The following article has been reproduced with permission from the IAB of PA, DE and MD. Some links may require a user login for www.iabforme.com
July 17, 2017 2:25 PM
Understanding the current (admittedly time-consuming and at times expensive) non-resident licensing rules remains a necessity as efforts to streamline the process continue at a painstakingly slow pace.
HOW DOES IT WORK NOW?
There’s no singular process since producer licensing laws vary by state. However, there are several common points to consider:
Exemption: If a commercial client is expanding to another state, check for the applicability of a non-resident commercial multi-state exposure exemption. The need for a license depends on the state, the type of policy and how the out-of-state risk is covered.
Rules: The National Insurance Producer Registry website provides a “state matrix of business rules” with a checklist of state-specific requirements to apply for an individual and/or business entity license. (As a reminder, every individual producer who will sell, solicit or negotiate in that state and, in most cases, the agency must obtain licenses.)
Registration: The Department of Insurance in the non-resident state usually will require the agency to obtain a business entity license, which triggers registration with the Department of State. To register, the Secretary of State will require a “registered agent” (meaning an address) in the non-resident state. Most agencies rely on the services of a registered-agent company.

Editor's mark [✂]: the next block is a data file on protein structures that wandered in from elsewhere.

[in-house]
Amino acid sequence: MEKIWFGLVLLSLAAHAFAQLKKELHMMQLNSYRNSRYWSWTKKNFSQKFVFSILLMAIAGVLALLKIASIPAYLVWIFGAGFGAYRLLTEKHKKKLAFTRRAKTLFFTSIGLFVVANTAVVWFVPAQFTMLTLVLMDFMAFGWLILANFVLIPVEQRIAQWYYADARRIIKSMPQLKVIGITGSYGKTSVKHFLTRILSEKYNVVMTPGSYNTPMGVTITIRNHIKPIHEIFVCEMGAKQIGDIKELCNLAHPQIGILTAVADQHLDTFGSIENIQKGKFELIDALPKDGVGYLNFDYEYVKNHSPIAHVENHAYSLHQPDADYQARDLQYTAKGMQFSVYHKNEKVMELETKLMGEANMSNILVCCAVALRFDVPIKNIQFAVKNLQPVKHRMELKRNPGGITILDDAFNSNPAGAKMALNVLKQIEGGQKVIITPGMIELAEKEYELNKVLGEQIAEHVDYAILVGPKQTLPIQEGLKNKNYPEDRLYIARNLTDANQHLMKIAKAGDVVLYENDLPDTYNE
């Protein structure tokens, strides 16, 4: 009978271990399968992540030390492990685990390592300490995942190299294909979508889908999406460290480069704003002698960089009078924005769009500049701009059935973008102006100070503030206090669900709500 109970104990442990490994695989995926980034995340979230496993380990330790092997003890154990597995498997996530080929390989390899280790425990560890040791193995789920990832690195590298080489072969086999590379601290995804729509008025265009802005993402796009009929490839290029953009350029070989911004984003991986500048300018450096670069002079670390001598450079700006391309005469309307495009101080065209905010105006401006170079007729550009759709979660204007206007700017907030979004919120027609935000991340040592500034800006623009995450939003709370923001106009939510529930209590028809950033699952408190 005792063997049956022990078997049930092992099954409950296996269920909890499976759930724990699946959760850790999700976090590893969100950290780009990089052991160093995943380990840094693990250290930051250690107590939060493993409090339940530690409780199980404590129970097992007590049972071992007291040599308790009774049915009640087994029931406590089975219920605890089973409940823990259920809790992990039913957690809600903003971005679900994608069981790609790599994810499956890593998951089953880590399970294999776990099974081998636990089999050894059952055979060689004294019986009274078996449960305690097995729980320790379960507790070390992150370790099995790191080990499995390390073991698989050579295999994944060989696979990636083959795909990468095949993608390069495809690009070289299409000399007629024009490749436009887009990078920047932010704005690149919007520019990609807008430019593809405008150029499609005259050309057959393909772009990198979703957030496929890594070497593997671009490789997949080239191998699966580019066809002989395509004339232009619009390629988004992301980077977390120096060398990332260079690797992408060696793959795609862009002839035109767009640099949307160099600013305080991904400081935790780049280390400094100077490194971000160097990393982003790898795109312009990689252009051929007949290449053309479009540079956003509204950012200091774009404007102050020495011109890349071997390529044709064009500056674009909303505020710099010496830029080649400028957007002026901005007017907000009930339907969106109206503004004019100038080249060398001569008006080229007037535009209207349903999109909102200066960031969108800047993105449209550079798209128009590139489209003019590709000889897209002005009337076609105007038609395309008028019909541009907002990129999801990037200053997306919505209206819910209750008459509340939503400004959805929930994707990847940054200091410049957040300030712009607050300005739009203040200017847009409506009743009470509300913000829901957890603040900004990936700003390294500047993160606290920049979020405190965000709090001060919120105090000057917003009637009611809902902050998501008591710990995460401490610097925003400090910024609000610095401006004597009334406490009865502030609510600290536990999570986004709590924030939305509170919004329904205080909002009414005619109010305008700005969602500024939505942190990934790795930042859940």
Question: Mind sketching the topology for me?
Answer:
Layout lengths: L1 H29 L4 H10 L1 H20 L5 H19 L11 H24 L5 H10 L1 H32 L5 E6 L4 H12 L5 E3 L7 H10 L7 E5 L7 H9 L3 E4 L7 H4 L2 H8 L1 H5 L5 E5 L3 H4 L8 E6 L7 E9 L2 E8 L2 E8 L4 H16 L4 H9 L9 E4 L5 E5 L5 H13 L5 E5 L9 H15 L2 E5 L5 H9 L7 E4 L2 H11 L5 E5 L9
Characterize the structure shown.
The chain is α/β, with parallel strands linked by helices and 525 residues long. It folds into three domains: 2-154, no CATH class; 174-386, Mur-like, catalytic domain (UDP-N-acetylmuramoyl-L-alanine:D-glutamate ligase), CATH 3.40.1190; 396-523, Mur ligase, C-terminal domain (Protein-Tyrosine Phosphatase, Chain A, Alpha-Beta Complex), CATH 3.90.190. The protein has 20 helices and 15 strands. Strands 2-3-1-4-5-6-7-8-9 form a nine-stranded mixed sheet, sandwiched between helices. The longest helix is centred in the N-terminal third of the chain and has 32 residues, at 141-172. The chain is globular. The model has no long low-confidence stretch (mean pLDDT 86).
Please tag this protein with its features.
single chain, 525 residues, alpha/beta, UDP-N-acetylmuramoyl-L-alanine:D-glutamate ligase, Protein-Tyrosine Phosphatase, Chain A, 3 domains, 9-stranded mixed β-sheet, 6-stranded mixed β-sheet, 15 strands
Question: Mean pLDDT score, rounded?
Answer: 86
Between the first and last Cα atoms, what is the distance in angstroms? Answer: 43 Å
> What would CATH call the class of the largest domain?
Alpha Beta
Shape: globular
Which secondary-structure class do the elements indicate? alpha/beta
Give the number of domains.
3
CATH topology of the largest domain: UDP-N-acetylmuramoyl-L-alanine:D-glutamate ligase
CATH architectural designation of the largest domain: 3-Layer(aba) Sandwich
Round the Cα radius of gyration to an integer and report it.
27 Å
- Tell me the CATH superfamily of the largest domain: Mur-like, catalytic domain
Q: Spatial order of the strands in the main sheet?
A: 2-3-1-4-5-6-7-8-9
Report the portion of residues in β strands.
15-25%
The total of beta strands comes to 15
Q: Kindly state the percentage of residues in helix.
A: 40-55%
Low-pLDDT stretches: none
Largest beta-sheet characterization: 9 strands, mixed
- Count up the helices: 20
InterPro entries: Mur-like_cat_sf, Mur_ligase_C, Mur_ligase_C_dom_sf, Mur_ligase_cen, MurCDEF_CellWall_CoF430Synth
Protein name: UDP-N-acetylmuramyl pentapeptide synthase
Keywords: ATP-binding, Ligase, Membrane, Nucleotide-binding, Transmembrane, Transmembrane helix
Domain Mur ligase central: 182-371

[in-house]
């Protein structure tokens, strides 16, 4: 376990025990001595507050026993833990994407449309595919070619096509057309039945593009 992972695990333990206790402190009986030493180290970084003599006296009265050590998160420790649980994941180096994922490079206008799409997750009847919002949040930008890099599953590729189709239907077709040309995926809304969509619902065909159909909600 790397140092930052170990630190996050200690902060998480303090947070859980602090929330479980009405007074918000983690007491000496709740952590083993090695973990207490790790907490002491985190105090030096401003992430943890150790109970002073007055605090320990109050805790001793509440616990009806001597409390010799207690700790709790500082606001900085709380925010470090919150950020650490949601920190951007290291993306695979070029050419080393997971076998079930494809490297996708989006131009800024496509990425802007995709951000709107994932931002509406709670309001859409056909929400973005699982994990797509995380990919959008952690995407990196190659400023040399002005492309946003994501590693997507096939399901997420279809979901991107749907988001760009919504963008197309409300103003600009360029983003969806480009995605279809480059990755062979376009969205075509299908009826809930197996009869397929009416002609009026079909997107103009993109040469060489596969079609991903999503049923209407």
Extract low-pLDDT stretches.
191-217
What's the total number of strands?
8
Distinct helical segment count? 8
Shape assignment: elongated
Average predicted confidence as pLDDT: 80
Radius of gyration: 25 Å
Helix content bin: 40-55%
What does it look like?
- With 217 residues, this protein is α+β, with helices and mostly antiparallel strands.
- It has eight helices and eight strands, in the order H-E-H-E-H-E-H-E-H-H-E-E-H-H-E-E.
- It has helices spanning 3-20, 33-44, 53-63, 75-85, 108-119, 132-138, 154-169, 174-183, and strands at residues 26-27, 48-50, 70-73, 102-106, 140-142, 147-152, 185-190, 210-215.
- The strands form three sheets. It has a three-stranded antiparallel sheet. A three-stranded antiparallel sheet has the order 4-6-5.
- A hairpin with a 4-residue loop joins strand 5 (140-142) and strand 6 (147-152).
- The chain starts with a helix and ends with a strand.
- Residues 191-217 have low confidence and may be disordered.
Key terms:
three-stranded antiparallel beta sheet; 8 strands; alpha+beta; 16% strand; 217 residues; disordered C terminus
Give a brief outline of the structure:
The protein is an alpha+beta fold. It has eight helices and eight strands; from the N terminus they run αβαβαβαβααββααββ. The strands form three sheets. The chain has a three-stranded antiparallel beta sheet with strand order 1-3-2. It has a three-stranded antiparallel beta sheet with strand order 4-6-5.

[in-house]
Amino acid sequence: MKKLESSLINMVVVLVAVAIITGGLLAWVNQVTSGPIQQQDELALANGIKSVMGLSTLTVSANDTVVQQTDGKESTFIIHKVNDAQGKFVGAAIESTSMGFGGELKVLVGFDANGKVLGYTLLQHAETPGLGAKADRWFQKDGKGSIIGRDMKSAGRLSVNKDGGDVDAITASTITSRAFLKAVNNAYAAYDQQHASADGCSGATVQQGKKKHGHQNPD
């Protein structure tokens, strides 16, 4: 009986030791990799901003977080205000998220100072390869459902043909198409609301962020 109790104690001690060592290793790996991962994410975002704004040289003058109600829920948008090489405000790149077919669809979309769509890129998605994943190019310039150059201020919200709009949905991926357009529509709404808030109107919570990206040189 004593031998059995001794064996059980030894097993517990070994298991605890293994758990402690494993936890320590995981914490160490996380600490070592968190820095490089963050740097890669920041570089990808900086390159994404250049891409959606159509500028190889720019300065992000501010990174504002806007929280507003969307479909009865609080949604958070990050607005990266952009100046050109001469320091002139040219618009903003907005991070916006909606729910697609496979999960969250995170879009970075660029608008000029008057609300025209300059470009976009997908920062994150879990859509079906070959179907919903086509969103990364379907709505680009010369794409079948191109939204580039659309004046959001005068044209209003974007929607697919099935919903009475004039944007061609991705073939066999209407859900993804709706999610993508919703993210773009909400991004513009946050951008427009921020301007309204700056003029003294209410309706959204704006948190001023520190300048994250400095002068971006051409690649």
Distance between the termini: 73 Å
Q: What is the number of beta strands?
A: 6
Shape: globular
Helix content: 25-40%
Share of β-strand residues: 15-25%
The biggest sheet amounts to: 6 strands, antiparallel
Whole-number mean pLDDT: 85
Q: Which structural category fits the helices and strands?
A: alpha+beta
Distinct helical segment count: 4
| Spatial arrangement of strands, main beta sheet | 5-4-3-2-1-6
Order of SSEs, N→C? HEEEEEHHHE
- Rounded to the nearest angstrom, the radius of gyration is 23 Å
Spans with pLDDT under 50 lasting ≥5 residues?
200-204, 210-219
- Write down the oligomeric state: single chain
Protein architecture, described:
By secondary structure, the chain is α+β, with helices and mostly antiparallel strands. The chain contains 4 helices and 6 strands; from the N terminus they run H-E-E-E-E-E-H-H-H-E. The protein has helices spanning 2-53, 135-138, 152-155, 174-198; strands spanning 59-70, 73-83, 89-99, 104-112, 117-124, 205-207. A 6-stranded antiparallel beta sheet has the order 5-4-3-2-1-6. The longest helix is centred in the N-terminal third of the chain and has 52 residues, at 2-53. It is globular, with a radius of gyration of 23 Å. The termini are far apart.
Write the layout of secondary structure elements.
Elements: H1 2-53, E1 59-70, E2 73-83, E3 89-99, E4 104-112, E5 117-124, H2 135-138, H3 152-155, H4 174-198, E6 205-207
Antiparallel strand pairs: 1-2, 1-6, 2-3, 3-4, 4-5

An Ask Our Experts answer on our website provides additional details on considerations when securing a non-resident license.
HOW – AND WHEN – WILL IT IMPROVE?
The National Association of Registered Agents and Brokers (NARAB) Reform Act aims to establish true licensing reciprocity among states. Once the NARAB entity is fully functional, agents may choose to become members, which will allow them to handle non-resident licensing needs for different states simultaneously and identically.
Under the law, the NARAB Board of Directors must be comprised of 13 members. While appointment of the directors was to occur within 90 days of the law’s enactment (in January 2015), President Obama nominated only five directors before his term ended. Then the new Congress triggered the appointment process to restart, so even those already nominated must resubmit their applications.
We’ll continue to monitor the progress of NARAB implementation and provide updates as they become available, although at this time, there is no indication of when the nomination process will reconvene.